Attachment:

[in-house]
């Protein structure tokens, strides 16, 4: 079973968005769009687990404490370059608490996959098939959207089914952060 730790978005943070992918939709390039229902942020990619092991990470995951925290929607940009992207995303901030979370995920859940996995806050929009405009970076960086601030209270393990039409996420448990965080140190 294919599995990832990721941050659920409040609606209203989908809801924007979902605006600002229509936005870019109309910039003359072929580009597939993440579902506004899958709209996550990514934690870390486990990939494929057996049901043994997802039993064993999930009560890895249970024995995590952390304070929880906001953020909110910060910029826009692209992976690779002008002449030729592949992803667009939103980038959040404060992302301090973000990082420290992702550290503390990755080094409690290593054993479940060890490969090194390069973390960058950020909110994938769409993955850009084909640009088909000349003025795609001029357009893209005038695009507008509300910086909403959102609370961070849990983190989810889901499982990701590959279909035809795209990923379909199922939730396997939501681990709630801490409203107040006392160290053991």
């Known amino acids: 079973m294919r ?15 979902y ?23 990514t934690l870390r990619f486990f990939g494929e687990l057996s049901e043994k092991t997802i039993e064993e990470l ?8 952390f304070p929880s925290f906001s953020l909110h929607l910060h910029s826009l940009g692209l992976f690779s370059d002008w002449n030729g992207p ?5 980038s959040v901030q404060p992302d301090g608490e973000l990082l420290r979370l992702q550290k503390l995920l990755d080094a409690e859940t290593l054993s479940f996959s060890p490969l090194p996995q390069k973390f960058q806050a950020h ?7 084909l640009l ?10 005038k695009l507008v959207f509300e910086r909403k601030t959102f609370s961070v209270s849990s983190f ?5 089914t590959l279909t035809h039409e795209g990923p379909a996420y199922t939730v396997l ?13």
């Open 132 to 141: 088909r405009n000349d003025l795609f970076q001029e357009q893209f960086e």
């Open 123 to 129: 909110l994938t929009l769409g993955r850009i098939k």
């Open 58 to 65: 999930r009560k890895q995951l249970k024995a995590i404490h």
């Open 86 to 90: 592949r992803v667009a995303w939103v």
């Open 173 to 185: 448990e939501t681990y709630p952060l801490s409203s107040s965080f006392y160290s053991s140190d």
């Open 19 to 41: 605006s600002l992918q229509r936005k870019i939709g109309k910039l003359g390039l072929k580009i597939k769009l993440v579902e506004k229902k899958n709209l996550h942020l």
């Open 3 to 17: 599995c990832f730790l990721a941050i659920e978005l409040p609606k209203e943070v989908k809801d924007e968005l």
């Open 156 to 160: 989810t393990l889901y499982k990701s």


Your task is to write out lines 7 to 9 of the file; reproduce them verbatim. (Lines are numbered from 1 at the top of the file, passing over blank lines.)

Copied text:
């Open 86 to 90: 592949r992803v667009a995303w939103v």
């Open 173 to 185: 448990e939501t681990y709630p952060l801490s409203s107040s965080f006392y160290s053991s140190d």
């Open 19 to 41: 605006s600002l992918q229509r936005k870019i939709g109309k910039l003359g390039l072929k580009i597939k769009l993440v579902e506004k229902k899958n709209l996550h942020l």